The Lazaret on Peel Island

The Friends of Peel Island Association have generously donated books, artefacts, and other items relating to the Lazaret on Peel Island. Over 52 years, about 500 sufferers of leprosy, or Hansen’s Disease, passed through the Lazaret. Some died, some went into remission and left, and some returned to the island for a second or a third time.

Peel Island (Teerk Roo Ra)

31st May 2007 was the 100th Anniversary of the foundation of the Lazaret on Peel island.  To commemorate the anniversary the Friends of Peel Island Association together with the Redland Museum presented the exhibition “Going to the Gums”.

Patients referred to dying as going to the gums.

As of June 30 2020, Friends of Peel Island has been disbanded, and their archive has been donated to Redland Museum.

Peel Island means different things to different people.  To some, it is a place of natural beauty – a jewel of an island among many found in Moreton Bay.  It is now a national park in recognition of its important cultural as well as natural history.

With its remnants of European history, it is remembered as a prison:  first as a quarantine station for early immigrants, many of whom spent up to three months held on the island after arriving on ships with notifiable diseases such as typhoid, cholera and smallpox.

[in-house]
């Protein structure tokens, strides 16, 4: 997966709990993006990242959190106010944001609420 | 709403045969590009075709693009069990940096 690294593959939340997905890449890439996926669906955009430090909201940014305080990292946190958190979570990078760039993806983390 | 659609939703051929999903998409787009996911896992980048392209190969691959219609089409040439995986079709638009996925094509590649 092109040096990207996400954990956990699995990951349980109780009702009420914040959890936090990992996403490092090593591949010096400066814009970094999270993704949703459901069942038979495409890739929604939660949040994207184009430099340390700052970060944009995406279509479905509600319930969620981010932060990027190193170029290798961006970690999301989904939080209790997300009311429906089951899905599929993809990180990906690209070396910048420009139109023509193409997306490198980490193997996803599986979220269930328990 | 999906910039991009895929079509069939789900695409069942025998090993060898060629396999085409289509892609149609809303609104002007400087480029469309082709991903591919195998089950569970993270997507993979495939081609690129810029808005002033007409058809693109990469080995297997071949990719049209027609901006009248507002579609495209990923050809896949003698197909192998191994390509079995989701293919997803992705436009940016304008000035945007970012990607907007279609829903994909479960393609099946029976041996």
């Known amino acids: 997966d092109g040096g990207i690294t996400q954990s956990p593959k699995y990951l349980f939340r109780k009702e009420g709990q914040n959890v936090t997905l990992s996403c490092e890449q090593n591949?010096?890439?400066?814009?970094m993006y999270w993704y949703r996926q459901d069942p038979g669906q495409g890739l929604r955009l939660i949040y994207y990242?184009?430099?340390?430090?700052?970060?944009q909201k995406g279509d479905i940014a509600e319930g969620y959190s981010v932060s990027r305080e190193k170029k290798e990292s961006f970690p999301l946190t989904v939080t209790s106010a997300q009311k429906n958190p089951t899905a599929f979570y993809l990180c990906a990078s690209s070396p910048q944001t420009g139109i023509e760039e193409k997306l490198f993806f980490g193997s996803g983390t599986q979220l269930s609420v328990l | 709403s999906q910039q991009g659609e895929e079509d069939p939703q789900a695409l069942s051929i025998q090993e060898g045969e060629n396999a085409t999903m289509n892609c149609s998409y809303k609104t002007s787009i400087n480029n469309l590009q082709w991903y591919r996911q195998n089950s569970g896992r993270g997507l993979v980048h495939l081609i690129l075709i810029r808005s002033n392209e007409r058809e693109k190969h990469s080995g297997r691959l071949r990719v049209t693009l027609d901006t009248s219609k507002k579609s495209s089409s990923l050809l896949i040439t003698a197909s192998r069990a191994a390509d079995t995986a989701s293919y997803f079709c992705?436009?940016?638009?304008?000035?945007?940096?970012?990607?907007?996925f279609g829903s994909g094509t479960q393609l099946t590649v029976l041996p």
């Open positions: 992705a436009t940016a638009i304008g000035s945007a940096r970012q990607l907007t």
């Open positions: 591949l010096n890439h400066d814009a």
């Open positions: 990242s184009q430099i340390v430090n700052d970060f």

Later it held patients of many races – notably Caucasians, Chinese, South Sea Islanders, and Aborigines – unfortunate enough to contract Hanson’s Disease (Leprosy).  They were sent to spend their lives in isolation at the island’s Lazaret until they recovered, or not; an untold number are buried in the island’s bush cemetery.

Peel’s Aboriginal history stretches much further back.  It remains a special place for the local traditional owners and their ancestors who used the island as a feasting and ceremonial place for countless centuries.

The Quandamooka People’s traditional rights to the island were recognised in 2011 and the island is now formally known as Teerk Roo Ra.